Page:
67,000-year-old human fossil found in Cagayan


MANILA, Philippines – A team of archaeologists has confirmed that a foot bone they discovered in Callao Cave in Cagayan province is at least 67,000 years old, older than the so-called Tabon Man of Palawan, which has long been thought to be the archipelago’s earliest human remains at 50,000 years old, a report on GMANews.TV said yesterday.

“So far this could be the earliest human fossil found in the Asia-Pacific region. The presence of humans in Luzon shows these early humans already possessed knowledge of seacraft-making in this early period,” Dr. Armand Mijares, of the University of the Philippines-Diliman who led the team of archeologists, told GMANews.TV in an exclusive interview conducted by e-mail in between archaeological digs.

The report said Mijares was shocked and elated at the discovery, and admitted it was something people in his field dream of.

“I am a Pleistocene archaeologist and our efforts are meant to unravel the deep past," Mijares said.

The findings of their team were recently published in the scholarly journal Human Evolution.

The actual discovery of the bone occurred in 2007 but it was not clear then just how old the fossil was.

Mijares said they were able to approximate the fossil’s age through a method called “uranium-series dating."

The primary theory is that Callao Man, or his ancestors, reached Luzon from what is now Indonesia by raft at a time when experts did not think human beings were capable of traveling long distances by sea.

Some signs found by the scientists also indicated that Callao Man might not have been fully human, but only a species akin to modern man.

Dr. Victor Paz, a UP colleague of Mijares who was not part of the excavation, told GMANEWS.TV that the bone could be evidence of human “speciation" or the evolutionary process by which new biological species arise, taking place in Luzon.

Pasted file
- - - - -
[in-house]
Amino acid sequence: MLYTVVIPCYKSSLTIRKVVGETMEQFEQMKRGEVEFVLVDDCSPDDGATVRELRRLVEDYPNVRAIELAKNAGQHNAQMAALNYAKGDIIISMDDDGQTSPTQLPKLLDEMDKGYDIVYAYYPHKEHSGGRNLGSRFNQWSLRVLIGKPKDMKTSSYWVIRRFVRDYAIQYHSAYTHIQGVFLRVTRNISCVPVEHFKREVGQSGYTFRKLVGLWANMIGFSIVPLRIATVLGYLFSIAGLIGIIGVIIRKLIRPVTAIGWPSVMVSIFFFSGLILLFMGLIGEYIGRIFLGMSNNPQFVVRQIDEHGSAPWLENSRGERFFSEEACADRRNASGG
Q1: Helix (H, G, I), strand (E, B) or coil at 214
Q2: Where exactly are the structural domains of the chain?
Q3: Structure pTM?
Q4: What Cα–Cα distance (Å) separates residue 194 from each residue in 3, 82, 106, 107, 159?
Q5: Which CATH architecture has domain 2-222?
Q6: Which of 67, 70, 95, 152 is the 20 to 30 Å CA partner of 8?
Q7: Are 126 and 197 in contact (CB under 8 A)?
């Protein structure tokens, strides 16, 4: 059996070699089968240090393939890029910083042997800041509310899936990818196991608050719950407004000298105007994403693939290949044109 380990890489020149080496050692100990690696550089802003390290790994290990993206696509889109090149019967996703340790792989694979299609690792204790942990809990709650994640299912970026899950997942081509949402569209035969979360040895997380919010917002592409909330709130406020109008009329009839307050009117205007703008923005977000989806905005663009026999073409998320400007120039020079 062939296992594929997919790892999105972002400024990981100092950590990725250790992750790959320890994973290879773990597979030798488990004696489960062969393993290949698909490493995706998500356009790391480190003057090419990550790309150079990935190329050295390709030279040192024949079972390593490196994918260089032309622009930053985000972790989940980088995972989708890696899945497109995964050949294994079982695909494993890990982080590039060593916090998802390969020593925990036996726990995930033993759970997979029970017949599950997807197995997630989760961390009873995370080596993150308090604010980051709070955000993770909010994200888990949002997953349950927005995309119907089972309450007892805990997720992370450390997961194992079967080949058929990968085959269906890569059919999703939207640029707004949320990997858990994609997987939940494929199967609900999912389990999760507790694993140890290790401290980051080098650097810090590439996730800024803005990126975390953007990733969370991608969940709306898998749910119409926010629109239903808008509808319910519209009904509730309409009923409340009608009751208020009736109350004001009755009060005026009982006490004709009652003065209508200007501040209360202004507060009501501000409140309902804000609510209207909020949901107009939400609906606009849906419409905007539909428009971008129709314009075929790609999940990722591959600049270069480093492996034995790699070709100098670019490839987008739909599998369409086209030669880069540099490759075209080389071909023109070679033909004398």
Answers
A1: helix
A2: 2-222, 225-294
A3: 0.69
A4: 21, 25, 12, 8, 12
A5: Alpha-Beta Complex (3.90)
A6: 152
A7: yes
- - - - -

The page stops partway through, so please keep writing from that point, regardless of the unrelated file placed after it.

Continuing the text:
“If speciation did take place in the region and more evidence comes out of older modern human remains, it may seriously challenge current conventions on the spread of modern humans to our region," Paz said.

Similar to Aytas

Based on the single bone, it is not clear that Callao Man was male. But they do know that its physical size was similar to the modern Negrito, or Aytas of Luzon. The bone was the third metatarsal of the foot, thus is referred to scientifically as Callao MT3.

The human bone was found in the town of Peñablanca, Cagayan in an excavation site where Mijares had started digging four years before.

“We were initially frustrated that during the excavation we were only finding animal remains. But when my colleague Dr. Phil Piper, our team’s zoo-archaeologist, was looking at the finds, he said to me, 'Mandy, this is a human bone,'" Mijares said. “When we verified that it is a human bone, I knew that we discovered something very important."

The presence of the remains of butchered animals in the same layer of sediment, but no stone tools, has raised interesting questions about how Callao Man killed them.

“We can only speculate that they were using different tools. From our initial analysis of the cut marks on the animal bones, they could have used organic tools such as bamboo which is ubiquitous in the region," Mijares told GMANEWS.TV.

Mijares said he and his team intend to continue digging, as there could be more bones waiting to be discovered.

Additional discoveries of remains of Callao Man could be enough evidence to show with more certainty that he was of an earlier species than homo sapiens, which could mean that the first modern humans in the archipelago did not sail here but evolved here, the report further said.










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